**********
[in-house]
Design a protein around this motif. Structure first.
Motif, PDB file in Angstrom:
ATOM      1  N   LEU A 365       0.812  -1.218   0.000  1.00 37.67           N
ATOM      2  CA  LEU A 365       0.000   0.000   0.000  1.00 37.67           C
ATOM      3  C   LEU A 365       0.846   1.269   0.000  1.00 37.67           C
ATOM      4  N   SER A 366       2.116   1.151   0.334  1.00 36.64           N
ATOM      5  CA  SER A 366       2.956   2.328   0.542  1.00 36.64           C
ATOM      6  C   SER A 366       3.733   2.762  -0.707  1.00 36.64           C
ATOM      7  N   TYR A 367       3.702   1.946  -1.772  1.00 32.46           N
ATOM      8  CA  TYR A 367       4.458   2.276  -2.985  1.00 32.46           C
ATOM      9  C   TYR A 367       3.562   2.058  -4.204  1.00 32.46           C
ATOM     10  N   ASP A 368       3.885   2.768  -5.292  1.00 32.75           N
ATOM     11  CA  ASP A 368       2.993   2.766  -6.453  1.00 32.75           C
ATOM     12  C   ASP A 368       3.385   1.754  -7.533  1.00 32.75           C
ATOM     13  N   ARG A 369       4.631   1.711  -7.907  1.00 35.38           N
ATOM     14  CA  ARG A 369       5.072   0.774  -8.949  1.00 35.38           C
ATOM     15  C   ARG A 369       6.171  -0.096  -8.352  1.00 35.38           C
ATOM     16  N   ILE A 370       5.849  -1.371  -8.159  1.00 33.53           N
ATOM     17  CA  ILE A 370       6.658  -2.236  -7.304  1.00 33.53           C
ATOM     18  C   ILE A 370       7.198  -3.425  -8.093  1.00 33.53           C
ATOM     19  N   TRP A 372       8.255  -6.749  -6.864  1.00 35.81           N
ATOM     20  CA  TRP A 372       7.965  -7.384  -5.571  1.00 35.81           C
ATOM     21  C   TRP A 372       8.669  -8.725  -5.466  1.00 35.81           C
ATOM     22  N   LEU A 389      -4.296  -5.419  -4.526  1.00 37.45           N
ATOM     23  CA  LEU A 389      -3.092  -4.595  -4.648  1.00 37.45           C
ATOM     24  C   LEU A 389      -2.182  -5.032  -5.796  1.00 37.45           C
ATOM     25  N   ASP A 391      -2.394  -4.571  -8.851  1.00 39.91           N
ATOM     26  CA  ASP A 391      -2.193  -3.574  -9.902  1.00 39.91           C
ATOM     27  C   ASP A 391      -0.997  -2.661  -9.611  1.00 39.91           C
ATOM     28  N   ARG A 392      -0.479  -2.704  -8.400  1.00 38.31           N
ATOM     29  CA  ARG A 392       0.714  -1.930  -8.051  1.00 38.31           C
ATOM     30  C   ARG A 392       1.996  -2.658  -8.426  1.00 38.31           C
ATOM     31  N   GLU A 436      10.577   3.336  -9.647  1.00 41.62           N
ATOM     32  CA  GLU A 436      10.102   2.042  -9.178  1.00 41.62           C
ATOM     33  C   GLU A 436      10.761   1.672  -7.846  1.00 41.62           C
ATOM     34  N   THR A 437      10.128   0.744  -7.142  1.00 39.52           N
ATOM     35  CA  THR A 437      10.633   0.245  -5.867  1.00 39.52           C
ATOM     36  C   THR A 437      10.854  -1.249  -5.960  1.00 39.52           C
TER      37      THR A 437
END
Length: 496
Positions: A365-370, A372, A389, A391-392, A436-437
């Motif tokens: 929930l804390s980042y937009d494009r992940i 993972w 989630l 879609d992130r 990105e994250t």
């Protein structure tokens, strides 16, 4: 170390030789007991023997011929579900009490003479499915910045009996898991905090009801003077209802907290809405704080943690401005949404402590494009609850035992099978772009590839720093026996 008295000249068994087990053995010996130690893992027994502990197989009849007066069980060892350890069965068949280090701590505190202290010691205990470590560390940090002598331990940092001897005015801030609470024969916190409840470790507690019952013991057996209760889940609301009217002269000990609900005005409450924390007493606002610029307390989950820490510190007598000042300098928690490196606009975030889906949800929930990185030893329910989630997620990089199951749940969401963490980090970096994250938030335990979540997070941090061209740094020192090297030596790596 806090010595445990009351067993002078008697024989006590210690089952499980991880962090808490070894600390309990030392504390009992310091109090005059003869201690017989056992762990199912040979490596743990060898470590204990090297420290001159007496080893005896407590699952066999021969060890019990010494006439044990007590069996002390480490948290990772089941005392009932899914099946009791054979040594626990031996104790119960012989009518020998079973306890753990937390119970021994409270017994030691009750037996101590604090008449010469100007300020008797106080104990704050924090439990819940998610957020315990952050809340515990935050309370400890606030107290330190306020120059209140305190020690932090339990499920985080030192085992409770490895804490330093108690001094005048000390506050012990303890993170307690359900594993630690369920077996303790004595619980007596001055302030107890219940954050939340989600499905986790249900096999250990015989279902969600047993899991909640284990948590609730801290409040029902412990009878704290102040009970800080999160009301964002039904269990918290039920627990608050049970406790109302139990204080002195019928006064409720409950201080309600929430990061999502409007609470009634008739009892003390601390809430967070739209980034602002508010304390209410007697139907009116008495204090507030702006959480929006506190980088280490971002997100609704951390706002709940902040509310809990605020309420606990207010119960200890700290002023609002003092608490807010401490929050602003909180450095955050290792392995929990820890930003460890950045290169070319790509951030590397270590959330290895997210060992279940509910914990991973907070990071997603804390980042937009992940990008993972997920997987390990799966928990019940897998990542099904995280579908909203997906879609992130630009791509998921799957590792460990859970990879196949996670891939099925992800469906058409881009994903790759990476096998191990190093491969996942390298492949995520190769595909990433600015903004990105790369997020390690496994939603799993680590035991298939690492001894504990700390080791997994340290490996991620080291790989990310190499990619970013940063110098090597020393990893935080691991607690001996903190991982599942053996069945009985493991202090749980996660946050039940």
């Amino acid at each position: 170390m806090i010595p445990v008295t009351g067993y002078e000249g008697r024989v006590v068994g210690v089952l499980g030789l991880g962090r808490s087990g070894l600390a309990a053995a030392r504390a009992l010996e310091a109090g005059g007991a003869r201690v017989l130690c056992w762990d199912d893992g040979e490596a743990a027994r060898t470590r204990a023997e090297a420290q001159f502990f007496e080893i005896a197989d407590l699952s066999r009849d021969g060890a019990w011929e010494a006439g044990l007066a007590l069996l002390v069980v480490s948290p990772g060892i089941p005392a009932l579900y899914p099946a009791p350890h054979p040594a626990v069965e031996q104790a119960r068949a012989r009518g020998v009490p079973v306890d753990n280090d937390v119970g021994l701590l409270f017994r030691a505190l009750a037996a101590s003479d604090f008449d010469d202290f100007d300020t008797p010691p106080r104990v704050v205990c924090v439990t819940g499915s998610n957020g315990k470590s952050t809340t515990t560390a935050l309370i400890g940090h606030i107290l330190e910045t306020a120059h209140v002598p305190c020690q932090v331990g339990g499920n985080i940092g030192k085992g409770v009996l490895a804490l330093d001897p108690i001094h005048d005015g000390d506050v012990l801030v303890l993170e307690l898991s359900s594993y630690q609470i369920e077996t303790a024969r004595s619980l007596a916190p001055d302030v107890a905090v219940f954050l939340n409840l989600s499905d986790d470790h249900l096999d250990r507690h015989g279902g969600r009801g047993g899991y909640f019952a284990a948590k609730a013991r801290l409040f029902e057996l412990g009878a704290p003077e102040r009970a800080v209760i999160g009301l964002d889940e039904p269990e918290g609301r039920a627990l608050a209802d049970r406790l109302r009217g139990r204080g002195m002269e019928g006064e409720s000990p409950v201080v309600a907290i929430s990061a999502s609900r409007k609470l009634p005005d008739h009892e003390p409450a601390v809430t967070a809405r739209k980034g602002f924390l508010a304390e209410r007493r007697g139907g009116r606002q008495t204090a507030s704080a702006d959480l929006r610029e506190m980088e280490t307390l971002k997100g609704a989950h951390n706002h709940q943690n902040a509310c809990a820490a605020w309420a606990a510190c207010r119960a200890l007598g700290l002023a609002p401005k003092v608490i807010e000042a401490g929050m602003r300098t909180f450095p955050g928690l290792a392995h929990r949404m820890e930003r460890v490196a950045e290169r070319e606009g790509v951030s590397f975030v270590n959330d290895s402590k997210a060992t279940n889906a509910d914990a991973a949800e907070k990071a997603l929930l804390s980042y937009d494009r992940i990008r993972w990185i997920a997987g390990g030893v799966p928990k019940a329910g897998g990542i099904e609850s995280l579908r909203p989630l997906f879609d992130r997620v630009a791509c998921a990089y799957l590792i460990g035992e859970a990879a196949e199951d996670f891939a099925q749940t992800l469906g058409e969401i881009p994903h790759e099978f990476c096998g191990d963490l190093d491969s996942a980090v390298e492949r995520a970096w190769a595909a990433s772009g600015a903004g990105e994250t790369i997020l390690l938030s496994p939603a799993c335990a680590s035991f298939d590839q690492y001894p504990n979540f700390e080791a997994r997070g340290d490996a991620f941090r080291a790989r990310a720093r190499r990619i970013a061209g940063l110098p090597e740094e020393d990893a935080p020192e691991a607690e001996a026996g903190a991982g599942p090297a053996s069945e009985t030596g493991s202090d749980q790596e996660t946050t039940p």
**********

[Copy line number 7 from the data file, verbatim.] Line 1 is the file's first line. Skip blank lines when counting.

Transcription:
ATOM      4  N   SER A 366       2.116   1.151   0.334  1.00 36.64           N